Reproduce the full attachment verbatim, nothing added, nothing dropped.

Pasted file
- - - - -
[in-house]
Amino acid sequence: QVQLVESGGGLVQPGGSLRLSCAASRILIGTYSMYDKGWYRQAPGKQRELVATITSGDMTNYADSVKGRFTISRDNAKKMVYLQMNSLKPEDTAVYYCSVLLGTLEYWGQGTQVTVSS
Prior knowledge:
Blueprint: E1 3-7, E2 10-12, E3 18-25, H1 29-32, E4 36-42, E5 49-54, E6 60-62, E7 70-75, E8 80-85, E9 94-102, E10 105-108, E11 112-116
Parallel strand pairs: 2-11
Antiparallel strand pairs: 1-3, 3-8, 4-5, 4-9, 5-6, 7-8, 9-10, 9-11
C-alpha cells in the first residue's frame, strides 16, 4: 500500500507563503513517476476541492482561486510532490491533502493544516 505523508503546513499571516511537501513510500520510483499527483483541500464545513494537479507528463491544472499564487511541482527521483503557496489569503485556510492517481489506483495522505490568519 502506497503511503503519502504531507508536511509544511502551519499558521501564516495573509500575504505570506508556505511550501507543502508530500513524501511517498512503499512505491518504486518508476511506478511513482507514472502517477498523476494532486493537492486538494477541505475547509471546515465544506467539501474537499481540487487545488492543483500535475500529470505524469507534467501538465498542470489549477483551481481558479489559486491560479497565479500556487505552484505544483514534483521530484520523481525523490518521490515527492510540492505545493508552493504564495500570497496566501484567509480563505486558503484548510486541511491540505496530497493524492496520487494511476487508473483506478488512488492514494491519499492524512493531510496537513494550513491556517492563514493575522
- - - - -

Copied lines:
[in-house]
Amino acid sequence: QVQLVESGGGLVQPGGSLRLSCAASRILIGTYSMYDKGWYRQAPGKQRELVATITSGDMTNYADSVKGRFTISRDNAKKMVYLQMNSLKPEDTAVYYCSVLLGTLEYWGQGTQVTVSS
Prior knowledge:
Blueprint: E1 3-7, E2 10-12, E3 18-25, H1 29-32, E4 36-42, E5 49-54, E6 60-62, E7 70-75, E8 80-85, E9 94-102, E10 105-108, E11 112-116
Parallel strand pairs: 2-11
Antiparallel strand pairs: 1-3, 3-8, 4-5, 4-9, 5-6, 7-8, 9-10, 9-11
C-alpha cells in the first residue's frame, strides 16, 4: 500500500507563503513517476476541492482561486510532490491533502493544516 505523508503546513499571516511537501513510500520510483499527483483541500464545513494537479507528463491544472499564487511541482527521483503557496489569503485556510492517481489506483495522505490568519 502506497503511503503519502504531507508536511509544511502551519499558521501564516495573509500575504505570506508556505511550501507543502508530500513524501511517498512503499512505491518504486518508476511506478511513482507514472502517477498523476494532486493537492486538494477541505475547509471546515465544506467539501474537499481540487487545488492543483500535475500529470505524469507534467501538465498542470489549477483551481481558479489559486491560479497565479500556487505552484505544483514534483521530484520523481525523490518521490515527492510540492505545493508552493504564495500570497496566501484567509480563505486558503484548510486541511491540505496530497493524492496520487494511476487508473483506478488512488492514494491519499492524512493531510496537513494550513491556517492563514493575522